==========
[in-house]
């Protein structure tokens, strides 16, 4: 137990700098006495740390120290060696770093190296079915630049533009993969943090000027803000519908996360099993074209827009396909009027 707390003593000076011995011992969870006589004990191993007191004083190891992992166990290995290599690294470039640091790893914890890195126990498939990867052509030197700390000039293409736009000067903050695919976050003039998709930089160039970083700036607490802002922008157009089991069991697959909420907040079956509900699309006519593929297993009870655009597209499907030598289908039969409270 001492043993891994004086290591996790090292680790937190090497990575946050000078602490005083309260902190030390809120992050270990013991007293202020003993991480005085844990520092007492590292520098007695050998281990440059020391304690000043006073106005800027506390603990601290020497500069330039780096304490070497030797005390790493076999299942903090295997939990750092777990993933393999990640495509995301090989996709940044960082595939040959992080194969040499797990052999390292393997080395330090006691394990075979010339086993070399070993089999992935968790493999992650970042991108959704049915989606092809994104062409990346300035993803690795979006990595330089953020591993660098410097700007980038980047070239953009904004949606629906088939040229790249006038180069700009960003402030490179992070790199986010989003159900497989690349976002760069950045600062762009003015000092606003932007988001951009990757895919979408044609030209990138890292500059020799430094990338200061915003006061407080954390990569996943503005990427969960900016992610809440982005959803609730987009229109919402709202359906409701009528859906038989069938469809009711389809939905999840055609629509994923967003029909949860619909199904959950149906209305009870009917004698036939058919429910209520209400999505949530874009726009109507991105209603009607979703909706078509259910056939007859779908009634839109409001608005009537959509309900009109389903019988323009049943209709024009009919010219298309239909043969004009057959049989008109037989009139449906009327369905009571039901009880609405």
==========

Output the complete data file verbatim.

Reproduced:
[in-house]
């Protein structure tokens, strides 16, 4: 137990700098006495740390120290060696770093190296079915630049533009993969943090000027803000519908996360099993074209827009396909009027 707390003593000076011995011992969870006589004990191993007191004083190891992992166990290995290599690294470039640091790893914890890195126990498939990867052509030197700390000039293409736009000067903050695919976050003039998709930089160039970083700036607490802002922008157009089991069991697959909420907040079956509900699309006519593929297993009870655009597209499907030598289908039969409270 001492043993891994004086290591996790090292680790937190090497990575946050000078602490005083309260902190030390809120992050270990013991007293202020003993991480005085844990520092007492590292520098007695050998281990440059020391304690000043006073106005800027506390603990601290020497500069330039780096304490070497030797005390790493076999299942903090295997939990750092777990993933393999990640495509995301090989996709940044960082595939040959992080194969040499797990052999390292393997080395330090006691394990075979010339086993070399070993089999992935968790493999992650970042991108959704049915989606092809994104062409990346300035993803690795979006990595330089953020591993660098410097700007980038980047070239953009904004949606629906088939040229790249006038180069700009960003402030490179992070790199986010989003159900497989690349976002760069950045600062762009003015000092606003932007988001951009990757895919979408044609030209990138890292500059020799430094990338200061915003006061407080954390990569996943503005990427969960900016992610809440982005959803609730987009229109919402709202359906409701009528859906038989069938469809009711389809939905999840055609629509994923967003029909949860619909199904959950149906209305009870009917004698036939058919429910209520209400999505949530874009726009109507991105209603009607979703909706078509259910056939007859779908009634839109409001608005009537959509309900009109389903019988323009049943209709024009009919010219298309239909043969004009057959049989008109037989009139449906009327369905009571039901009880609405």